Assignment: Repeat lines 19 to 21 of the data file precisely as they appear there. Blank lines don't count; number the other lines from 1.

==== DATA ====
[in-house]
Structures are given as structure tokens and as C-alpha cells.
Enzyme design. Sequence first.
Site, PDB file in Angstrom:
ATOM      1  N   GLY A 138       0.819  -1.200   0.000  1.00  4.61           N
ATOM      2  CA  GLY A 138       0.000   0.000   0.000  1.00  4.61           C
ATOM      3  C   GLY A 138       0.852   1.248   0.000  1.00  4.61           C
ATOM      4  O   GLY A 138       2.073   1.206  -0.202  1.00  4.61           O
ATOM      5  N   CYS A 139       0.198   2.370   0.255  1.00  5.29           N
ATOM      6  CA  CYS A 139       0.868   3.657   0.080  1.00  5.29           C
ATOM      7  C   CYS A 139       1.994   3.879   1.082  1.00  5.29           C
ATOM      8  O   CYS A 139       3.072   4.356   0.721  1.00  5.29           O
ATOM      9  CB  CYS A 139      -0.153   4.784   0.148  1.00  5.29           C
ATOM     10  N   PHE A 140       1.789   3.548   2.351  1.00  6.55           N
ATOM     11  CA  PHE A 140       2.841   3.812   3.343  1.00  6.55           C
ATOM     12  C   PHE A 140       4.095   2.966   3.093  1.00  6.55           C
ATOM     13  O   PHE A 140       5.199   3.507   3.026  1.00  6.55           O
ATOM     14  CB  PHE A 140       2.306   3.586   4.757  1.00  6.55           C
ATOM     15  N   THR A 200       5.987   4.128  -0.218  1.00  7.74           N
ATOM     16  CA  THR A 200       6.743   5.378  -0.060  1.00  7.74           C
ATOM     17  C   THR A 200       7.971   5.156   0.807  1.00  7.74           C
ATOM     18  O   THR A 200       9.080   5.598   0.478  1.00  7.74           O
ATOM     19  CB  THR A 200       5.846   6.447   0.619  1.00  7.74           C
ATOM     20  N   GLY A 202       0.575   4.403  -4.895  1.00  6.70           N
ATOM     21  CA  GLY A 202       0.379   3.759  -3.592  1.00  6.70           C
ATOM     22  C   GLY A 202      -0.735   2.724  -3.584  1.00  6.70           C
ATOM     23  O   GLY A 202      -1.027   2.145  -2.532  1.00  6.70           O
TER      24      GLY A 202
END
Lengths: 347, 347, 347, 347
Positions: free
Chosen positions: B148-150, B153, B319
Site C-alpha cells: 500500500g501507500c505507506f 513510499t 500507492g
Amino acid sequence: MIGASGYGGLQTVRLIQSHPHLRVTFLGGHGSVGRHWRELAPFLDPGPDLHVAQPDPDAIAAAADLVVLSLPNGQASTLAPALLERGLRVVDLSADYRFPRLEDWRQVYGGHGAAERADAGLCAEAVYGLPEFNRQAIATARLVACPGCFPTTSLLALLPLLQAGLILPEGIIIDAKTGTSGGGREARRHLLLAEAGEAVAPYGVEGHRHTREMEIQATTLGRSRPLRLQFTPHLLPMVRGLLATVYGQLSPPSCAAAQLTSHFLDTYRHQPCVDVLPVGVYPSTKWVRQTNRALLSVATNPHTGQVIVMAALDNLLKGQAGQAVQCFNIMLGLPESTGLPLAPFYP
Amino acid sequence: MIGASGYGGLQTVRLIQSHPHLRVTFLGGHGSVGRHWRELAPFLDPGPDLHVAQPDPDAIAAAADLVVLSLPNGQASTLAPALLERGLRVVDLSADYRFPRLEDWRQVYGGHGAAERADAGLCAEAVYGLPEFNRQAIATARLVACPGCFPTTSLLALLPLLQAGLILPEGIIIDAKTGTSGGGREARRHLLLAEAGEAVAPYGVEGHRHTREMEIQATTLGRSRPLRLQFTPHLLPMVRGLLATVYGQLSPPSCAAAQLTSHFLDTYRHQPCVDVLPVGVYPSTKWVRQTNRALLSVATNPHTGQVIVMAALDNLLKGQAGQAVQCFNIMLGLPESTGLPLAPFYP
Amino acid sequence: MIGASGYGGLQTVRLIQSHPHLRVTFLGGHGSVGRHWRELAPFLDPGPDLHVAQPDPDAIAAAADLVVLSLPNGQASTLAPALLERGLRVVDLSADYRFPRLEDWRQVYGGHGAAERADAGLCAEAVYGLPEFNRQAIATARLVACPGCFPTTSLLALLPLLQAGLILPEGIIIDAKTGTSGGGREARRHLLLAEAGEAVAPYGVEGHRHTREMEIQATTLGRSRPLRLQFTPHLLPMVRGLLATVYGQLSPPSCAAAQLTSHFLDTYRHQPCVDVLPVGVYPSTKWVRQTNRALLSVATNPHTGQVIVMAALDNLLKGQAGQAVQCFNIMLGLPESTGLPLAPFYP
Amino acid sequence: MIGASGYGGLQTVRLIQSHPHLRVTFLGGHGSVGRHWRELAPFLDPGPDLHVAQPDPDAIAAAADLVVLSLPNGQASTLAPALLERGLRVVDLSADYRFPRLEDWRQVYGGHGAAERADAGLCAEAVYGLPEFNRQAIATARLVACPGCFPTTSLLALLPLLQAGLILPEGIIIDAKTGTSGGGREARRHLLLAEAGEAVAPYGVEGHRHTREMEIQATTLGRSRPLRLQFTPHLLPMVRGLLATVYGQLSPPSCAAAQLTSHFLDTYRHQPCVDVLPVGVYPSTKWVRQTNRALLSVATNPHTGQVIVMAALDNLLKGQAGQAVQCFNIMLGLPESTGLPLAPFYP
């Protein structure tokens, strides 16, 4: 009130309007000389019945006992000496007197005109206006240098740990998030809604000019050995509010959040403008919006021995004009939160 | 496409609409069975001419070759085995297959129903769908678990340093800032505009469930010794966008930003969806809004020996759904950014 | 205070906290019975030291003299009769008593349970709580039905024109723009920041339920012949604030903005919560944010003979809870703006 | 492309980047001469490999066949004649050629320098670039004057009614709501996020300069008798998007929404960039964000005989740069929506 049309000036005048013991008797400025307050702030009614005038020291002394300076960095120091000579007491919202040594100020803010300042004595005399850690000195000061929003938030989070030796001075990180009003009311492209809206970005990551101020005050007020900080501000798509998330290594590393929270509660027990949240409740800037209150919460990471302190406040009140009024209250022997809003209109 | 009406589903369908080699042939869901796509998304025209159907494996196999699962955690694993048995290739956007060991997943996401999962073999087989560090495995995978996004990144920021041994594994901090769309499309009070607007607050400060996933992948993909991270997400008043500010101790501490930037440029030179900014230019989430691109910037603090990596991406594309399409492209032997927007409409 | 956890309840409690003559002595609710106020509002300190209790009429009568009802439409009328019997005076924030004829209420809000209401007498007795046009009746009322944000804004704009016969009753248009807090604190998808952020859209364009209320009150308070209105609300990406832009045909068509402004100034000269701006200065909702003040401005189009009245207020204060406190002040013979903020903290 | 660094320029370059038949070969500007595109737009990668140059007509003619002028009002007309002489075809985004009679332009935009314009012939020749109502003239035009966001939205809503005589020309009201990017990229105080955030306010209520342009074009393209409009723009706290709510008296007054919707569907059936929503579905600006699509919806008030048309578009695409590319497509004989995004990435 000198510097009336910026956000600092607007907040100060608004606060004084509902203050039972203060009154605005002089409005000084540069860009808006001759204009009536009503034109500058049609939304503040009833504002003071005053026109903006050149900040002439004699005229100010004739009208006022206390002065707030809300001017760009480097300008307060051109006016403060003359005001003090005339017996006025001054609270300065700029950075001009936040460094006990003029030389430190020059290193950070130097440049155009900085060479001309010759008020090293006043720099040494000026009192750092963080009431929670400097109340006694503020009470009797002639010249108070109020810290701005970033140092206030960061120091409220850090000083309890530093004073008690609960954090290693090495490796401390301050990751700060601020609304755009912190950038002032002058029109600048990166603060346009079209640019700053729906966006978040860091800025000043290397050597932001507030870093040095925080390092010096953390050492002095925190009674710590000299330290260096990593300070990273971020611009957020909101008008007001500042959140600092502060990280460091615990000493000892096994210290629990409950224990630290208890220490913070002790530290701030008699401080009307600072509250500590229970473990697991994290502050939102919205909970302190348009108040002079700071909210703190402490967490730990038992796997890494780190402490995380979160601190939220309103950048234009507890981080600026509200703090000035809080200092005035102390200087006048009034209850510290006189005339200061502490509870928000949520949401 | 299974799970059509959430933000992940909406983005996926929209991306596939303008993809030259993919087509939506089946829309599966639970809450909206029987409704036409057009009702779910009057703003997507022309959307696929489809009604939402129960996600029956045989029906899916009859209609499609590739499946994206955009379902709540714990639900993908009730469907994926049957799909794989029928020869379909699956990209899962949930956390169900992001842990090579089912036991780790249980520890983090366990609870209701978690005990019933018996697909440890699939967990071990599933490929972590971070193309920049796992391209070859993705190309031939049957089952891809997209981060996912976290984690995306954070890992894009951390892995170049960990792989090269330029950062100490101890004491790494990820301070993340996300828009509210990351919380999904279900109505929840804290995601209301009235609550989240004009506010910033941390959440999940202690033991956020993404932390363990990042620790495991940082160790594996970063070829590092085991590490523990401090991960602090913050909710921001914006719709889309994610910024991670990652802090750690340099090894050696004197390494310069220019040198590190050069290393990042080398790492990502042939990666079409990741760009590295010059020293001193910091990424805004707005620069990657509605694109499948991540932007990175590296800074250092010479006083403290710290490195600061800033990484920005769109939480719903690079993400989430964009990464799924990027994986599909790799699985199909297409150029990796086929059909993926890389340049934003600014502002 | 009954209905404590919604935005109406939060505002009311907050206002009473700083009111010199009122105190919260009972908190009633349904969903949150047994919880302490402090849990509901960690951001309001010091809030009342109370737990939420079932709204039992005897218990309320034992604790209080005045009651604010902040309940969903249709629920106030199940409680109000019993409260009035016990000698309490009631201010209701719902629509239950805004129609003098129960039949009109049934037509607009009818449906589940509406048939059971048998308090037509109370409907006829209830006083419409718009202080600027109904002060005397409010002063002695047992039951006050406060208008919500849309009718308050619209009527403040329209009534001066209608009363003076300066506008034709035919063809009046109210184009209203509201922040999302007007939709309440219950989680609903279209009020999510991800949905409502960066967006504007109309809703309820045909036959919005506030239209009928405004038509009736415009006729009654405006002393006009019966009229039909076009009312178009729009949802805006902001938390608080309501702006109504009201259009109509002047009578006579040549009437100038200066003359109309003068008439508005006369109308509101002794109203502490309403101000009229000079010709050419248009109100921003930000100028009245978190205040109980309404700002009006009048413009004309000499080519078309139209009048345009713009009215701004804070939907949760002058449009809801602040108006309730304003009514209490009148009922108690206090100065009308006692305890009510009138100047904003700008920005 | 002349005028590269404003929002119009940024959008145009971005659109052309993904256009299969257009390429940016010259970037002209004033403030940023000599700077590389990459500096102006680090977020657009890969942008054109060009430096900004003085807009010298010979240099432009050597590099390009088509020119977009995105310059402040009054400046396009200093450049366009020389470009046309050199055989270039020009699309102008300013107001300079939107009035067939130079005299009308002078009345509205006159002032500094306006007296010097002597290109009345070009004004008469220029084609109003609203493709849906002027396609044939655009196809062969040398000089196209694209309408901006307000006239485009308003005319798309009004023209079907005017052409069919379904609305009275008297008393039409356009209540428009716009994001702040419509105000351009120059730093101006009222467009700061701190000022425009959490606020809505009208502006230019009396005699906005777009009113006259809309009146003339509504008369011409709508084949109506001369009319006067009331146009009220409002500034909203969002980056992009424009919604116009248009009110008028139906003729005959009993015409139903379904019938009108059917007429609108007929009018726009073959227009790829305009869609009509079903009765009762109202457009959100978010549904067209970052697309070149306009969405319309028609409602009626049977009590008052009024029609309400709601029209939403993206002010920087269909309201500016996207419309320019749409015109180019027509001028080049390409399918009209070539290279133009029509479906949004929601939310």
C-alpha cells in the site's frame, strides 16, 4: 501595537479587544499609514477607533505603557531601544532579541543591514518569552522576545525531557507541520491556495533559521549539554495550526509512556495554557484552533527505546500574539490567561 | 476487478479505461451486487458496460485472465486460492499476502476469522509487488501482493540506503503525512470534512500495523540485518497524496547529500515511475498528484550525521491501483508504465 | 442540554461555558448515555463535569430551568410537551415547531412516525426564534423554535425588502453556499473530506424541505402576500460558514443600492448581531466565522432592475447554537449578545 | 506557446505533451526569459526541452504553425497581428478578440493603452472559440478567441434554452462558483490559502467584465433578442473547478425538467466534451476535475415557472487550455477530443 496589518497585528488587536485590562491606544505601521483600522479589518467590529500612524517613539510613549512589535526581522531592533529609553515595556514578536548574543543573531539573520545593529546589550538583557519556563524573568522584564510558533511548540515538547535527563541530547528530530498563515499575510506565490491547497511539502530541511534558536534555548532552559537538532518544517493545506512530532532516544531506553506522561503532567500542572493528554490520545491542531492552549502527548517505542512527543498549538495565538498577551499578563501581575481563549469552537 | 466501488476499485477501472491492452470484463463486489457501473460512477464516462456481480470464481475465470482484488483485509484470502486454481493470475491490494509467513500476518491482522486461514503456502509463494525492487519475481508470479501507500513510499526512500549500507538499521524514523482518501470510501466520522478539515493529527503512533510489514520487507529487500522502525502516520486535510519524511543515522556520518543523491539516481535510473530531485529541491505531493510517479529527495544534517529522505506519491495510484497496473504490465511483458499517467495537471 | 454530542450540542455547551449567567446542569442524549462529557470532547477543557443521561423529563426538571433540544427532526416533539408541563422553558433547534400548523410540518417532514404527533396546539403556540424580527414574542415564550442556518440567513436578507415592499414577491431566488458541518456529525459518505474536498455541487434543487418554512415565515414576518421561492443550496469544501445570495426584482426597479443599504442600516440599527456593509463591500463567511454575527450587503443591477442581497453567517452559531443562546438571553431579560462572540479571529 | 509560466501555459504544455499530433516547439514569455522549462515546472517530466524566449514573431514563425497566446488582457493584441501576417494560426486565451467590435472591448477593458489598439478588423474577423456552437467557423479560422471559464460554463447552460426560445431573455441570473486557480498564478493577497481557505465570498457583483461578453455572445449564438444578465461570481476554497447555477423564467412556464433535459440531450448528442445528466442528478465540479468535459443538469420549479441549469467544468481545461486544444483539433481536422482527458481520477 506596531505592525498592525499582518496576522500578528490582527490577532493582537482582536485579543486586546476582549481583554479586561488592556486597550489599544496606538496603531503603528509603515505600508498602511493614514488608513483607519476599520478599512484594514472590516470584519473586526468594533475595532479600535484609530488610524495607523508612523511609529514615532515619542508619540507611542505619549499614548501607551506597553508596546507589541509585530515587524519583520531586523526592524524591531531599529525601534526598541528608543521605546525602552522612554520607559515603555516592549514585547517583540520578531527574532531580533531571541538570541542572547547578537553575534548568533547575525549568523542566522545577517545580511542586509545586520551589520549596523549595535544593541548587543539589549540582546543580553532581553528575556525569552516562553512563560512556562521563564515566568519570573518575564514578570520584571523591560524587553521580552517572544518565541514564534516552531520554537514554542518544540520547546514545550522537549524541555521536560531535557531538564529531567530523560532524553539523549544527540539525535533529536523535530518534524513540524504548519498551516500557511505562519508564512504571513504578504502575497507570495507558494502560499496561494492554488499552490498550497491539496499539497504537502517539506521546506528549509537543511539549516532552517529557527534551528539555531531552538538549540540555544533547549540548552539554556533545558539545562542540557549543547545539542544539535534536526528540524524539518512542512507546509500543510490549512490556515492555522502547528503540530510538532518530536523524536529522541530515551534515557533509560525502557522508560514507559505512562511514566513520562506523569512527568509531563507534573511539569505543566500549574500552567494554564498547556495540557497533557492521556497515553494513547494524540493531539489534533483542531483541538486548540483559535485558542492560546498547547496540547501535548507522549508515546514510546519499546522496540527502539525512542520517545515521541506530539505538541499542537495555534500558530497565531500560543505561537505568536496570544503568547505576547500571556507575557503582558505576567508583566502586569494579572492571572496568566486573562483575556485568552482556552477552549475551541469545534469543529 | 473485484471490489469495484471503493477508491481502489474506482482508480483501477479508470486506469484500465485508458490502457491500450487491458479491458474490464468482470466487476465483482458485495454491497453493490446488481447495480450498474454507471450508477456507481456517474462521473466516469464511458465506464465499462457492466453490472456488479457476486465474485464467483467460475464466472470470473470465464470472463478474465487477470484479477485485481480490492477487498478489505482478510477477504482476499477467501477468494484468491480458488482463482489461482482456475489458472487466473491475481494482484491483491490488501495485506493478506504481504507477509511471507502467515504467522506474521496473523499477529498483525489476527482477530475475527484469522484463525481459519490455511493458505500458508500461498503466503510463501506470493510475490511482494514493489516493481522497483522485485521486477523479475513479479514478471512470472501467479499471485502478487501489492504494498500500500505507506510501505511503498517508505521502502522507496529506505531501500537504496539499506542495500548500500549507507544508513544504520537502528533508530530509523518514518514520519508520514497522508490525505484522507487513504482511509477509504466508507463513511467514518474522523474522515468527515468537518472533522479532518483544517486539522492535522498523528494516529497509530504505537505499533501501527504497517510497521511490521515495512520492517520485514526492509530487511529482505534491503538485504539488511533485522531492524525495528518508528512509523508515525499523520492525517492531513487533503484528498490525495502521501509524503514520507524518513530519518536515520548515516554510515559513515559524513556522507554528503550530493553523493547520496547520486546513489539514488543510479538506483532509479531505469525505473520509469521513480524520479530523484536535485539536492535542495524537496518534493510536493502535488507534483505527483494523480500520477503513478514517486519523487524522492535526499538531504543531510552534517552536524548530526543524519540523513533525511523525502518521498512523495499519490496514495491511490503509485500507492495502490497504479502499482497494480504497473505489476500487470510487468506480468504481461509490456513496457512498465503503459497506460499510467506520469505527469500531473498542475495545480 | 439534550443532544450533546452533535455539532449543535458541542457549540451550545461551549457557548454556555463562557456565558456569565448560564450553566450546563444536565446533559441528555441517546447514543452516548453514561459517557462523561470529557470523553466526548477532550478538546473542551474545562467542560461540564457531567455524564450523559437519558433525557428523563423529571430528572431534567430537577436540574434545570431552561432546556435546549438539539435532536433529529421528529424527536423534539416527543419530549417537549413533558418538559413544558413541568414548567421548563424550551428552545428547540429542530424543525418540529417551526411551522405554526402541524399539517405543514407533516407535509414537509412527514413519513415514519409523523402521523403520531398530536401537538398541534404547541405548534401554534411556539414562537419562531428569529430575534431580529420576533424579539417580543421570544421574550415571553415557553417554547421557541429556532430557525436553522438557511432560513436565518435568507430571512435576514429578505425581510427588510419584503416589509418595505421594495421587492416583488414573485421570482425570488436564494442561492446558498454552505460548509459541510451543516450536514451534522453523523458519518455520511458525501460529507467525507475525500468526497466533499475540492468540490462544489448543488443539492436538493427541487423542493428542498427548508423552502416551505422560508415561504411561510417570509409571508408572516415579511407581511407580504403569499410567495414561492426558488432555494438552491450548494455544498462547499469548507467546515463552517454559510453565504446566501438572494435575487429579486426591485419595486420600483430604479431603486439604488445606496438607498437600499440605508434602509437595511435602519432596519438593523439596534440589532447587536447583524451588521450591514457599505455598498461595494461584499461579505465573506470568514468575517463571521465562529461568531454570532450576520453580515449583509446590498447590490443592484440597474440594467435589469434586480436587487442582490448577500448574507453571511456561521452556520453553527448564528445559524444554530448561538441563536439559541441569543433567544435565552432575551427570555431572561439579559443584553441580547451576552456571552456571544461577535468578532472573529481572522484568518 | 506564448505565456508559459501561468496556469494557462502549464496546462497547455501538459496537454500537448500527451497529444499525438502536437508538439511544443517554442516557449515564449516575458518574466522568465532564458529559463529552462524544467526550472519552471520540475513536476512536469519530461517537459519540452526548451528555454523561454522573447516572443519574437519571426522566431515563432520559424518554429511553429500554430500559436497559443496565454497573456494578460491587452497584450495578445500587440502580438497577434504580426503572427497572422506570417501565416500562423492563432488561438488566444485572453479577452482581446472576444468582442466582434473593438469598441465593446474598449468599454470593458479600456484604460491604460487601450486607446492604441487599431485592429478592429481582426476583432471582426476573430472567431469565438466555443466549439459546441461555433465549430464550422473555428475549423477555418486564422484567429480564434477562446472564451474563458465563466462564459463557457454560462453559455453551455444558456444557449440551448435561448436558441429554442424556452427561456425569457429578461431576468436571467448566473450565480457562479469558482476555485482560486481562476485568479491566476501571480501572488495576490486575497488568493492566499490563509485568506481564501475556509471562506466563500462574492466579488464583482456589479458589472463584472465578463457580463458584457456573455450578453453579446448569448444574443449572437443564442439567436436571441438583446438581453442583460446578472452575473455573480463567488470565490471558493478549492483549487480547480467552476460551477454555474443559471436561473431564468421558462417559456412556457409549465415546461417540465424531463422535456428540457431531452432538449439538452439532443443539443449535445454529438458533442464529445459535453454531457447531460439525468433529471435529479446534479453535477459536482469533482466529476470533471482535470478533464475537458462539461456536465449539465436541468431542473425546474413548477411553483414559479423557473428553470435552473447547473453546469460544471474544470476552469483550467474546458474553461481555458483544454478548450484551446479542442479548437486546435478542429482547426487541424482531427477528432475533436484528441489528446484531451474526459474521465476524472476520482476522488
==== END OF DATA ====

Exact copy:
ATOM     15  N   THR A 200       5.987   4.128  -0.218  1.00  7.74           N
ATOM     16  CA  THR A 200       6.743   5.378  -0.060  1.00  7.74           C
ATOM     17  C   THR A 200       7.971   5.156   0.807  1.00  7.74           C